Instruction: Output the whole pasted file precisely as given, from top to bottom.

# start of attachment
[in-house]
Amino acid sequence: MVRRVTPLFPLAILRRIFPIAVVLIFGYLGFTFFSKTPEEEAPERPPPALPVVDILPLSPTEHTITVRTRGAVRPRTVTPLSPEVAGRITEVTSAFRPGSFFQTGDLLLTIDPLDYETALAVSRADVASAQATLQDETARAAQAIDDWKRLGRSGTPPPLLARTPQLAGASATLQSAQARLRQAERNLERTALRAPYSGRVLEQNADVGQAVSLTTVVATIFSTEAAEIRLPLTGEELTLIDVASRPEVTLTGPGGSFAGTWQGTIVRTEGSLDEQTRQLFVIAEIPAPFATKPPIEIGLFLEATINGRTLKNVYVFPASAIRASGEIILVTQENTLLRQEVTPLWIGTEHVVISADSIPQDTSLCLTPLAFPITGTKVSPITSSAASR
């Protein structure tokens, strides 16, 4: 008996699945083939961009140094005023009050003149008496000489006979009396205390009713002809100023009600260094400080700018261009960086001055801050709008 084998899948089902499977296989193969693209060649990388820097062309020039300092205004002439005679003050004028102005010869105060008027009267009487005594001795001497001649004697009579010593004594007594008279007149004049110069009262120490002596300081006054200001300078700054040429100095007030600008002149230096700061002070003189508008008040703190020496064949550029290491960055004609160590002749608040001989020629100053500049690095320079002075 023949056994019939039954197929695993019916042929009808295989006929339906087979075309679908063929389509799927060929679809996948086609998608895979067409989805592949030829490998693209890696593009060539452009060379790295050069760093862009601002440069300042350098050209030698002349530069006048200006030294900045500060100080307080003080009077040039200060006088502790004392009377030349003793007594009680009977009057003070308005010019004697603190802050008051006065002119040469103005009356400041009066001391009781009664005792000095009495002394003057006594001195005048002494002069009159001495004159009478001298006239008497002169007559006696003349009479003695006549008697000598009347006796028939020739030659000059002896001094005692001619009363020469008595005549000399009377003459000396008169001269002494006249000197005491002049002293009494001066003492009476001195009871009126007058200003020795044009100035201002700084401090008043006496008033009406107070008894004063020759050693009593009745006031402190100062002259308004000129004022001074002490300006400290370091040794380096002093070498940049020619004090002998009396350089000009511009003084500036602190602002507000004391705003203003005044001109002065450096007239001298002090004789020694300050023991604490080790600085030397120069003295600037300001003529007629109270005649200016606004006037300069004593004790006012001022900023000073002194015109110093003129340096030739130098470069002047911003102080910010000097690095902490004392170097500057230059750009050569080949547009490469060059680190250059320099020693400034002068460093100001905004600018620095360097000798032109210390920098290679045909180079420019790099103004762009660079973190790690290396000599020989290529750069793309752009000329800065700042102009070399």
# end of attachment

[in-house]
Amino acid sequence: MVRRVTPLFPLAILRRIFPIAVVLIFGYLGFTFFSKTPEEEAPERPPPALPVVDILPLSPTEHTITVRTRGAVRPRTVTPLSPEVAGRITEVTSAFRPGSFFQTGDLLLTIDPLDYETALAVSRADVASAQATLQDETARAAQAIDDWKRLGRSGTPPPLLARTPQLAGASATLQSAQARLRQAERNLERTALRAPYSGRVLEQNADVGQAVSLTTVVATIFSTEAAEIRLPLTGEELTLIDVASRPEVTLTGPGGSFAGTWQGTIVRTEGSLDEQTRQLFVIAEIPAPFATKPPIEIGLFLEATINGRTLKNVYVFPASAIRASGEIILVTQENTLLRQEVTPLWIGTEHVVISADSIPQDTSLCLTPLAFPITGTKVSPITSSAASR
């Protein structure tokens, strides 16, 4: 008996699945083939961009140094005023009050003149008496000489006979009396205390009713002809100023009600260094400080700018261009960086001055801050709008 084998899948089902499977296989193969693209060649990388820097062309020039300092205004002439005679003050004028102005010869105060008027009267009487005594001795001497001649004697009579010593004594007594008279007149004049110069009262120490002596300081006054200001300078700054040429100095007030600008002149230096700061002070003189508008008040703190020496064949550029290491960055004609160590002749608040001989020629100053500049690095320079002075 023949056994019939039954197929695993019916042929009808295989006929339906087979075309679908063929389509799927060929679809996948086609998608895979067409989805592949030829490998693209890696593009060539452009060379790295050069760093862009601002440069300042350098050209030698002349530069006048200006030294900045500060100080307080003080009077040039200060006088502790004392009377030349003793007594009680009977009057003070308005010019004697603190802050008051006065002119040469103005009356400041009066001391009781009664005792000095009495002394003057006594001195005048002494002069009159001495004159009478001298006239008497002169007559006696003349009479003695006549008697000598009347006796028939020739030659000059002896001094005692001619009363020469008595005549000399009377003459000396008169001269002494006249000197005491002049002293009494001066003492009476001195009871009126007058200003020795044009100035201002700084401090008043006496008033009406107070008894004063020759050693009593009745006031402190100062002259308004000129004022001074002490300006400290370091040794380096002093070498940049020619004090002998009396350089000009511009003084500036602190602002507000004391705003203003005044001109002065450096007239001298002090004789020694300050023991604490080790600085030397120069003295600037300001003529007629109270005649200016606004006037300069004593004790006012001022900023000073002194015109110093003129340096030739130098470069002047911003102080910010000097690095902490004392170097500057230059750009050569080949547009490469060059680190250059320099020693400034002068460093100001905004600018620095360097000798032109210390920098290679045909180079420019790099103004762009660079973190790690290396000599020989290529750069793309752009000329800065700042102009070399």